Day 74: March 15, 2014

Today's Reading(s)

Psalm 1
1 How happy is the man who does not follow the advice of the wicked or take the path of sinners or join a group of mockers! 2 Instead, his delight is in the Lord ’s instruction, and he meditates on it day and night. 3 He is like a tree planted beside streams of water that bears its fruit in season and whose leaf does not wither. Whatever he does prospers. 4 The wicked are not like this; instead, they are like chaff that the wind blows away. 5 Therefore the wicked will not survive the judgment, and sinners will not be in the community of the righteous. 6 For the Lord watches over the way of the righteous, but the way of the wicked leads to ruin.

Unless otherwise noted, all Scripture quotations are taken from the Holman Christian Standard Bible®, Copyright © 1999, 2000, 2002, 2003, 2009 by Holman Bible Publishers. Used by permission. Holman Christian Standard Bible®, Holman CSB®, and HCSB® are federally registered trademarks of Holman Bible Publishers.



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Journaling as a Means to Meditate on Scripture
by Lee Swartz, Member of Brentwood Baptist, Brentwood Campus

We love the Psalms. We sing the Psalms. People often quote the Psalms without knowing they’re quoting the Psalms. One reason I believe we appreciate them so deeply is their capacity to speak to us in an intimate way, while at the same time indicating universal attitudes and sentiments.

Likewise, we love David, who is directly credited with writing over seventy of the Psalms. His poetry is filled with his most spiritual moments as well as his deepest regrets.

In addition to being part of the Scriptural canon, one of the reasons the book of Psalms is so worthy of our meditation and reflection is its honest account of the reality of human experience and its practical guidance for us today.

Psalm 1 touches on two such realities: the path of the righteous and the path of the wicked. This is a theme that is prevalent in the wisdom literature, and also throughout the New Testament. Since Genesis 3 we have lived in a world that tries to convince us that there is no distinction between the two and that we can ultimately be our own God.

While man’s aptitude for lying to himself seems to be incalculable, anyone who has lived this lie has found upon this lesser road an inconvenient reality. As Christians, it is true that we currently “see through a glass darkly,” or in journaling terms, it seems that we spend a lot of time staring at a blank page. On the other hand, to choose the path of righteousness is no search for comfort.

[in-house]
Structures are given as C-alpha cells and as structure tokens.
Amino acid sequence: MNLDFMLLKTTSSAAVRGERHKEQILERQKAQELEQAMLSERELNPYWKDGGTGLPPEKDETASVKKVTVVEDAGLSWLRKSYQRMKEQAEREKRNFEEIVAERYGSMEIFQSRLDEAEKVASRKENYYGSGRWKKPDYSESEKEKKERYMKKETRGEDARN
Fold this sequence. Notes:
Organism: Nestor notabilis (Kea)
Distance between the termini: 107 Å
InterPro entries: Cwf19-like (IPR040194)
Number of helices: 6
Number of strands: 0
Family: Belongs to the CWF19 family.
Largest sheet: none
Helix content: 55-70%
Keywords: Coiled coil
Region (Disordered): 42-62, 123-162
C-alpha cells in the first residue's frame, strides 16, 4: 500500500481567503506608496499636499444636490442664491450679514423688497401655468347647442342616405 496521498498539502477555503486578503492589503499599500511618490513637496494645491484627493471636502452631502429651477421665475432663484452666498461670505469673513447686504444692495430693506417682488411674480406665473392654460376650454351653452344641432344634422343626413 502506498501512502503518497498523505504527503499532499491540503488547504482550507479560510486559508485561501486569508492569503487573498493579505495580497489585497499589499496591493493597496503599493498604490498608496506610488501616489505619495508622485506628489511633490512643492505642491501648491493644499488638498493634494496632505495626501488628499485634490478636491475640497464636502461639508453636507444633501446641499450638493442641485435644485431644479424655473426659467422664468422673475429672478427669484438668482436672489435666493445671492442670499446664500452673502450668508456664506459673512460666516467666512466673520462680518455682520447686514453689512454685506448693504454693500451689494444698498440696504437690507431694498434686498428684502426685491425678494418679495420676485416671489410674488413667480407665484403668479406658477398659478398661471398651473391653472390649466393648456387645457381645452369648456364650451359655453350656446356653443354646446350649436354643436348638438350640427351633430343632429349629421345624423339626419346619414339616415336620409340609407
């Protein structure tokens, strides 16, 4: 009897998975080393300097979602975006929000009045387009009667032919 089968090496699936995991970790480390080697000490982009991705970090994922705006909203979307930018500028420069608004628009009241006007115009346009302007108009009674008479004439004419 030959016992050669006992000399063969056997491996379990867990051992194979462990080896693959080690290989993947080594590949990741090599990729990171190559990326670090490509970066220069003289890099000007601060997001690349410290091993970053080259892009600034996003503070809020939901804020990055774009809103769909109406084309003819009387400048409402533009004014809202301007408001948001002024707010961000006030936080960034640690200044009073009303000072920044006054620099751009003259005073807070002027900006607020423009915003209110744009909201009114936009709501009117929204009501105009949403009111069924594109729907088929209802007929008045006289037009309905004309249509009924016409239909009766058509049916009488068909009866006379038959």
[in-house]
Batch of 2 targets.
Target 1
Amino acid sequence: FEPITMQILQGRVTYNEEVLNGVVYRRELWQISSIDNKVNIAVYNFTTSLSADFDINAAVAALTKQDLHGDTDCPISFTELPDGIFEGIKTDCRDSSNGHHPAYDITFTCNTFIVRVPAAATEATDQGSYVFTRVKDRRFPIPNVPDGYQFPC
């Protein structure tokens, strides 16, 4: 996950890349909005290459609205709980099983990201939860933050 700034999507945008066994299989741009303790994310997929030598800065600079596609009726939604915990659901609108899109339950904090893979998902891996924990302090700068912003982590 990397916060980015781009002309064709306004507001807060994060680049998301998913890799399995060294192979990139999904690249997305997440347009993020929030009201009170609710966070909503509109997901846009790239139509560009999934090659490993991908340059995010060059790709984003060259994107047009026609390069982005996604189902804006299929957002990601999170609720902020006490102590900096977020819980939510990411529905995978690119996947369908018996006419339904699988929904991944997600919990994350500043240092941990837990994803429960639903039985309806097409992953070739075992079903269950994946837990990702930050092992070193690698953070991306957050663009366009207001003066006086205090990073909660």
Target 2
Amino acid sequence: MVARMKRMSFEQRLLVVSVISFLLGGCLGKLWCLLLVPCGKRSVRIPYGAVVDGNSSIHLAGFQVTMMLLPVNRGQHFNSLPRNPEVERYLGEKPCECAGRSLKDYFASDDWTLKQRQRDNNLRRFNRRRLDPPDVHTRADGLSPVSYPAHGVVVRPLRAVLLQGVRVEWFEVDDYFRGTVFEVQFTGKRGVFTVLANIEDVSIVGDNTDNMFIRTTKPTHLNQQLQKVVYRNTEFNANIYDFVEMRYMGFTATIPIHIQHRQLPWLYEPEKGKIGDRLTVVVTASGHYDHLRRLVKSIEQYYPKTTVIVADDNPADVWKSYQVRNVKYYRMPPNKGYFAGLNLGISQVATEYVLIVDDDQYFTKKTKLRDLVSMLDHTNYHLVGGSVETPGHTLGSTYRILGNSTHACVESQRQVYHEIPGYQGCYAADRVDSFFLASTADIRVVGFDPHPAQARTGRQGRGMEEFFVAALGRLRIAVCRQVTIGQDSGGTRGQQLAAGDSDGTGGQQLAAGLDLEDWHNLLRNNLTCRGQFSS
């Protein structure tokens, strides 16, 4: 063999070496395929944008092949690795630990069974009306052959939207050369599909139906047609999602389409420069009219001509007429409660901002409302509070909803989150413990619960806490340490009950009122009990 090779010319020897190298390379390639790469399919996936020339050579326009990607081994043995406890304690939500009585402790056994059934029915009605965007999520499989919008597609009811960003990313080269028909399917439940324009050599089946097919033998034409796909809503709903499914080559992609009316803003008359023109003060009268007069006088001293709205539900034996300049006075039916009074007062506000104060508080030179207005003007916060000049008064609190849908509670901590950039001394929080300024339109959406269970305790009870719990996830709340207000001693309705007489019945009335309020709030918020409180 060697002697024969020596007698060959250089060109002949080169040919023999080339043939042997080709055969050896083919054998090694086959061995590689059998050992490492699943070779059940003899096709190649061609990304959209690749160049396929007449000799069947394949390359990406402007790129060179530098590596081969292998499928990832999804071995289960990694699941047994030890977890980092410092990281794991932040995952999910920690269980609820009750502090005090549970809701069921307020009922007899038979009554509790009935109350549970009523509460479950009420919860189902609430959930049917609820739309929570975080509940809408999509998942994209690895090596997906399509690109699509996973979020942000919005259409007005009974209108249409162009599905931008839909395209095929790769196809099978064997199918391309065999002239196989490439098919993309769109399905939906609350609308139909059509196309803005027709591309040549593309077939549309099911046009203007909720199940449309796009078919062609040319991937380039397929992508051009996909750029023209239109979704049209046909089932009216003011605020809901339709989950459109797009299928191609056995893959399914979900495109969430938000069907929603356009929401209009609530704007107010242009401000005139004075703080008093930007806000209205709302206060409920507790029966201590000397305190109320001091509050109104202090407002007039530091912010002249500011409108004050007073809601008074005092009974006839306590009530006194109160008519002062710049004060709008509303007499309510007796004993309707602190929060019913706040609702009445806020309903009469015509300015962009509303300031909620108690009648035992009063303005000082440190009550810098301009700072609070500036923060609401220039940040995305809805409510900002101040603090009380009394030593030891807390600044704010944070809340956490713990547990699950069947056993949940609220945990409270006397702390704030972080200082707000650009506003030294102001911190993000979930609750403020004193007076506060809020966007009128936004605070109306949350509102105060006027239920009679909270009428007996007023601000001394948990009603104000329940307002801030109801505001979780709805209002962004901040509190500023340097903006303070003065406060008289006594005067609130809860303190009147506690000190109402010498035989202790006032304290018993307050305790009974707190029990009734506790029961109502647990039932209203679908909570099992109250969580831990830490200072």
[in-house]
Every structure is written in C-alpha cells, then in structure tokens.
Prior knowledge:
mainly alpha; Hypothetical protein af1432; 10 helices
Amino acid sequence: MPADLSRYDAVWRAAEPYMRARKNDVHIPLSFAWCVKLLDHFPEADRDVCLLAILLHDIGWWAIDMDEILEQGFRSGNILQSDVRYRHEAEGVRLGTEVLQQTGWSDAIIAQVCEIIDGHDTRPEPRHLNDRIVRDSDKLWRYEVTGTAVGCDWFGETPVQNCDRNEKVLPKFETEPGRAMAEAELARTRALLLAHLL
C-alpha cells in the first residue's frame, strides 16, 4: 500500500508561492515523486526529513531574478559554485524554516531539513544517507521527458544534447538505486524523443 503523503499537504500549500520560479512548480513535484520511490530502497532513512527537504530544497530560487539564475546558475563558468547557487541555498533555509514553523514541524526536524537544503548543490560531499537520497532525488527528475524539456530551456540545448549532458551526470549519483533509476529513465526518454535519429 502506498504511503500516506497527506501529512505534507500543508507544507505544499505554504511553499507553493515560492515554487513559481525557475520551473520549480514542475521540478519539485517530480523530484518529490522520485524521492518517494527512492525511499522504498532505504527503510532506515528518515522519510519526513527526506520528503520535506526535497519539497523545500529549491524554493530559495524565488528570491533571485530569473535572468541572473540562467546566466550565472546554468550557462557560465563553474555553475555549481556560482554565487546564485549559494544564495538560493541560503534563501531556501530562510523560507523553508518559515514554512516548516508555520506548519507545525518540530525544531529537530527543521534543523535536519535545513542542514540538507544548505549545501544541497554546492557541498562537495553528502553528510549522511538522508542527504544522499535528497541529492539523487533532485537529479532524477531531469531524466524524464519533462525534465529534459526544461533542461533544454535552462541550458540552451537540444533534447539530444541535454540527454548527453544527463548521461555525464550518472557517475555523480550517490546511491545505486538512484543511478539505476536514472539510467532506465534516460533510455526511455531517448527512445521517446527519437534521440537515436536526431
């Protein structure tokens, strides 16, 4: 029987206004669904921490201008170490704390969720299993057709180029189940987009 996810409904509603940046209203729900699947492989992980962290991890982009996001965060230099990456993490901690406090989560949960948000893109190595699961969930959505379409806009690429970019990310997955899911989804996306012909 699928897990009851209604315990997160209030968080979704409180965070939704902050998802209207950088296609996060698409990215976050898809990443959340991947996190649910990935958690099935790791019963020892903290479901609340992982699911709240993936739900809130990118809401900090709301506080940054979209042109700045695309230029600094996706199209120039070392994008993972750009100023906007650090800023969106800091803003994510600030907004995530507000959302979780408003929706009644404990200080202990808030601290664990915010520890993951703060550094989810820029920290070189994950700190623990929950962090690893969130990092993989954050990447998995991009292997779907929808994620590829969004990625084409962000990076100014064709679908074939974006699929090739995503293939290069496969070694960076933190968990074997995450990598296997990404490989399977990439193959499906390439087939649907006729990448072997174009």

The road is the formula and our journals are like the scratch paper we use to show our work. Not work in the legalistic sense, but the piecing together of clues to a great mystery where the blessing is as much about the present as the future.

We journal for the same reason we pursue God in His Word. We are archaeologists, removing layers of filth and human reasoning to discover the original narrow road—to find bedrock. We will also discover that our aptitude for joy and understanding is directly proportional to our knowledge and application of the Word.

We do not journal because we are journalers. We journal to someday find that we have become a journaler. 

Praxis

  • Obviously the most valuable starting point for your journaling to become a means to meditate on scripture is to READ SCRIPTURE. Journaling, at least initially, has very little to do with a pen and a notebook, but with reading. And the Psalms are a great place to begin, because they are often David’s reflections on God, His ways and David’s occasional stumbles.
  • While numerous websites and books about journaling tell you to set a time each day to sit and reflect, my particular brand of insanity is to have mine with me at all times.  An overwhelming majority of what is contained in my notebooks arrived when I wasn’t sitting around thinking about journaling.
  • Meditation on the truth of Scripture and how it has impacted our lives should fill us with a tremendous sense of gratitude. We may not always have grand reflections to record and we may not always want to write down our prayers. One thing we should have an abundance of is gratitude. Maybe a gratitude journal is a great place to start your adventure in spiritual journaling.

About JourneyOn Today

Today's devotional series accompanies the Spiritual Practices Foundations Curriculum which deals with 24 different spiritual disciplines. We will break for an Advent series in December and continue the second half of Spiritual Practices during the first quarter of 2015.